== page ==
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The start lines of ultra races are overwhelmingly white and cis-male. Privileges like access to well-maintained trails and outdoor spaces, the ability to feel safe and welcomed on trails, and the time and financial means to learn about and purchase proper equipment are all aspects of trail running that doubly serve as barriers that keep marginalized communities out of the sport.
As a professional runner and a coach, Joe McConaughy wanted to see new faces on the start line. More people of color, more women, more LGBTQ+ members, more people that were giving ultras a go in their twenties. McConaughy had started training for ultras in his early twenties but felt like his process was more trial-and-error than it could’ve been with more guidance. His first idea was offering support through his own coaching business, StringBean Coaching, but after high interest in the offer of support from people, he wanted to expand to match this need. Banding their expertise and a commitment to change together, six coaches launched the All In Trail Collective and Scholarship at the beginning of 2022, joining in on the efforts to change what start lines and training groups look like by giving support to runners less represented in the trail scene.
The application window for this year’s All In Trail Coaching Scholarship is now open until December 12, 2022. Six coaches––Joe McConaughy, Rosa Moriello, Yassine Diboun, Scott Traer, Georgia Porter, and Jess Schnier––will offer their coaching services to 10-14 selected athletes for the year. Athletes also receive various sponsorships for gear and race entry fees.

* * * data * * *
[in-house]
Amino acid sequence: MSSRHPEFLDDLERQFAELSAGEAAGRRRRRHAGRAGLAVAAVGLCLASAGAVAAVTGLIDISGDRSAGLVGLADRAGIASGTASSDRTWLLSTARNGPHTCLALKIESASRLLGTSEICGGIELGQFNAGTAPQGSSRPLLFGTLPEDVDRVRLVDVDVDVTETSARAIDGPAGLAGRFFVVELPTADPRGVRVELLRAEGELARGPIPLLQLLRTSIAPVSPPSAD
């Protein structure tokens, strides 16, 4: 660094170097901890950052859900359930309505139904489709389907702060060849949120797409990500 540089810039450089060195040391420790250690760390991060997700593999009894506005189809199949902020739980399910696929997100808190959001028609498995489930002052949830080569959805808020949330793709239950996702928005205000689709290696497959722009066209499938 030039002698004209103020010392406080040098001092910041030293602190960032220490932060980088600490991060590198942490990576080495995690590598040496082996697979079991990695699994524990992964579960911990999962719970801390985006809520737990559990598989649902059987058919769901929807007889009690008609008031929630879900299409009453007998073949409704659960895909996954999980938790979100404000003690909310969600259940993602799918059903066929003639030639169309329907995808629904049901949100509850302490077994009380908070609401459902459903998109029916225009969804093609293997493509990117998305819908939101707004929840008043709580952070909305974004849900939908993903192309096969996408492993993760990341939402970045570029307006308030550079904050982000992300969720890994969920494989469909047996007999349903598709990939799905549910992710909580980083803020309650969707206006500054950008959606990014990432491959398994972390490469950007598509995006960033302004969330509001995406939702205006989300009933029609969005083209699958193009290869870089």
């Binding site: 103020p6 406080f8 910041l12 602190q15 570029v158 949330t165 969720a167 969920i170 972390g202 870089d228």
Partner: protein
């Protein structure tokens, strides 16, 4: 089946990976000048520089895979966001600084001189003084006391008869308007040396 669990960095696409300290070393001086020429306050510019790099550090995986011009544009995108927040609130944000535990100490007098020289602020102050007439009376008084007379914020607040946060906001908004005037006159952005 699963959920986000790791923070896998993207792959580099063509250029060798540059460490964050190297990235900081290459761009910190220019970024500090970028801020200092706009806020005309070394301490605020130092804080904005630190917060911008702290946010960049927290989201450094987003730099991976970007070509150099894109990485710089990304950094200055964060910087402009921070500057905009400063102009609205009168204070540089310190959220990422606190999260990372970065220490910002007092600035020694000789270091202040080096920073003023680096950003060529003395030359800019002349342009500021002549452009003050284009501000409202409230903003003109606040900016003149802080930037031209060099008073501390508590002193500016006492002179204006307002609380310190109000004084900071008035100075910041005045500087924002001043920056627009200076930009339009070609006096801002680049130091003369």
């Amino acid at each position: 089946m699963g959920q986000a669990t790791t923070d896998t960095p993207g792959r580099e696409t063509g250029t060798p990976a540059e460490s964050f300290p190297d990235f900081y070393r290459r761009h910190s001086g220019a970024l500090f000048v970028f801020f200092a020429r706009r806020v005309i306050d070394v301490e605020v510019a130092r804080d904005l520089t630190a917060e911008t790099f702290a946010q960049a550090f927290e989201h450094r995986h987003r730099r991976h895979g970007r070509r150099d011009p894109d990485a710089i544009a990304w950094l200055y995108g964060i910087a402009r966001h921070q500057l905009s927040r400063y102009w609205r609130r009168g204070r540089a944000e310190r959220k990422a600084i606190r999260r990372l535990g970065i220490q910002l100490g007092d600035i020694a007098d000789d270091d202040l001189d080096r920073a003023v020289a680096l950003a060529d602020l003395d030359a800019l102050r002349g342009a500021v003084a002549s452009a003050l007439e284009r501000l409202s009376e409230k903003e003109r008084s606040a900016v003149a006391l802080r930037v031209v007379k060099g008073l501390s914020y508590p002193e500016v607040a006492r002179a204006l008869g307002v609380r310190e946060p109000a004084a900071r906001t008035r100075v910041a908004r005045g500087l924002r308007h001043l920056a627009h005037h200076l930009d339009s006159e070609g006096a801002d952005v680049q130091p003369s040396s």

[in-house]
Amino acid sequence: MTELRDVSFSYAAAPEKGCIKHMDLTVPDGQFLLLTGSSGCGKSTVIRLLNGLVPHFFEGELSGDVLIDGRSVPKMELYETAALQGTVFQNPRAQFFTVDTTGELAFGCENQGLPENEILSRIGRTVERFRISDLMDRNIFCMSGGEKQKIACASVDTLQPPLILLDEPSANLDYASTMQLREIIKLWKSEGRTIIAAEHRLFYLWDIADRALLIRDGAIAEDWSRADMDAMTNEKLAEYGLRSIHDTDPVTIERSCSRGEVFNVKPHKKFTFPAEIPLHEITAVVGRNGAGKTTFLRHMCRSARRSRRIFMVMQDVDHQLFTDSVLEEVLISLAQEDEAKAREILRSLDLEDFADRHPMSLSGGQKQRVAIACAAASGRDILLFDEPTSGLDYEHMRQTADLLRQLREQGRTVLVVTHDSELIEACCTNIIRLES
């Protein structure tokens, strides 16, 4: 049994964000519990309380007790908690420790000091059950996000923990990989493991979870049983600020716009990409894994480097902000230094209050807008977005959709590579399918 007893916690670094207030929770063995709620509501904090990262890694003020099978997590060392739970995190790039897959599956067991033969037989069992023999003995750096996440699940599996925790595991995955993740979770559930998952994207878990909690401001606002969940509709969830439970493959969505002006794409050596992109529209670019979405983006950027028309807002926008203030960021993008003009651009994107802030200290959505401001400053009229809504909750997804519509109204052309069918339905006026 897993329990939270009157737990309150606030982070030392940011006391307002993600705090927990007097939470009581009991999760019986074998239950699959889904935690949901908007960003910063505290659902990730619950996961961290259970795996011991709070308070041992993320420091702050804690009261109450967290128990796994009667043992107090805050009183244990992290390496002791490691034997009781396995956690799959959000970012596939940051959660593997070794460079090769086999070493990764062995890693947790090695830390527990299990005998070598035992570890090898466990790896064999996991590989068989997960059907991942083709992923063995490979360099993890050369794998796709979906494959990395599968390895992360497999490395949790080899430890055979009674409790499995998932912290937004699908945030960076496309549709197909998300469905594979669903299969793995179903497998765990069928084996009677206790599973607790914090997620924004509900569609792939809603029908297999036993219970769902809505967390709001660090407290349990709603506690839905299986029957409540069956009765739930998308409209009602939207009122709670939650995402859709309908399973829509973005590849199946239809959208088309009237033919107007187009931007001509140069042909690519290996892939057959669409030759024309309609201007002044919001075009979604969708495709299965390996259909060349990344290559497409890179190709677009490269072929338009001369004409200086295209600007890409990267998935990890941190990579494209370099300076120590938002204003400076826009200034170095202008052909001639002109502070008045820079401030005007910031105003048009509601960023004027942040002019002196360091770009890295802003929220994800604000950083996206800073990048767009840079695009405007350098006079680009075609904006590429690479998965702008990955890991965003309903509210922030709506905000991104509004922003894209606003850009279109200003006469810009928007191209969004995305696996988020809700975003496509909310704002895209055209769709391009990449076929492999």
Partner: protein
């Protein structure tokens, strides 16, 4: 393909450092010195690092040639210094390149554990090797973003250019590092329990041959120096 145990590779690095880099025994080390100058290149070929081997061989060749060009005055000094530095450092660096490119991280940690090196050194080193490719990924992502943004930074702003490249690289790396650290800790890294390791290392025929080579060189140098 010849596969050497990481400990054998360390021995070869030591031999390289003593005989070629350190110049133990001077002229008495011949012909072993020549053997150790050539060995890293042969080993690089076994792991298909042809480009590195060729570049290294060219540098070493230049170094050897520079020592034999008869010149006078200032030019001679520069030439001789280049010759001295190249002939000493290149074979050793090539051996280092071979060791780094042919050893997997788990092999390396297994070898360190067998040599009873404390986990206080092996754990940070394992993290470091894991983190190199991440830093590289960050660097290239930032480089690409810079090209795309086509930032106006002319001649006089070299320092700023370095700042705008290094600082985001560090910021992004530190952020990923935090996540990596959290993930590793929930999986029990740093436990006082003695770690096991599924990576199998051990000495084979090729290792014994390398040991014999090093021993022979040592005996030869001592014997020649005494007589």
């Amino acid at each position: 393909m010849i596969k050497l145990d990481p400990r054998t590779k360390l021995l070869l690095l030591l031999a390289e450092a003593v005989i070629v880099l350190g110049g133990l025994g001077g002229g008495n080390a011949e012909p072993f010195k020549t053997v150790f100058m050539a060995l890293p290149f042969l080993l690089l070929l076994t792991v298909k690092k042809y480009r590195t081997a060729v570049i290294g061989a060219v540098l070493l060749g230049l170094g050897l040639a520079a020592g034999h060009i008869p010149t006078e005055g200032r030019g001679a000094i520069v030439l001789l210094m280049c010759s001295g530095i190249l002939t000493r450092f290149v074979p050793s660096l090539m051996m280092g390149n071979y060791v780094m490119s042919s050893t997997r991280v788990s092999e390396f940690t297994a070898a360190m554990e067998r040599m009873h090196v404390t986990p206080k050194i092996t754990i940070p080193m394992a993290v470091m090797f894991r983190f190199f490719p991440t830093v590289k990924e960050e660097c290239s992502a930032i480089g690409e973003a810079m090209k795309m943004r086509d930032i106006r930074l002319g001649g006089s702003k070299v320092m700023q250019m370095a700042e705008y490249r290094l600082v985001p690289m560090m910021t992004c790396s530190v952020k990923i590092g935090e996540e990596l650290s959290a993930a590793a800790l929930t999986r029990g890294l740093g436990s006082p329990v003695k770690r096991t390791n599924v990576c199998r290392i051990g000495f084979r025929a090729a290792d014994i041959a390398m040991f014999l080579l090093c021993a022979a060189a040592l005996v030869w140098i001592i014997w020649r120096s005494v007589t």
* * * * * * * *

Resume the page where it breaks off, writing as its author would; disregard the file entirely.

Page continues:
The program is designed to reach people who have historically had fewer opportunities in sport, and younger athletes who could benefit from mentorship early in their career without the financial means to hire a coach.
“The majority of change in institutions comes from notable or laudable efforts. When somebody does really well, you know who they are and people aspire to be like them. If we can get athletes, ones who are younger who can’t afford coaches, and people who come from diverse backgrounds that might shake things up in the trail scene a little bit. We can offer our services to them for free and help support those people,” McConaughy says.
Looking back at the first year of the scholarship, McConaughy and the five coaches he’s brought on board, are not only graduating nine athletes who’ve each completed multiple ultra efforts, but they are also building momentum on an online community of trail athletes that spans across the country.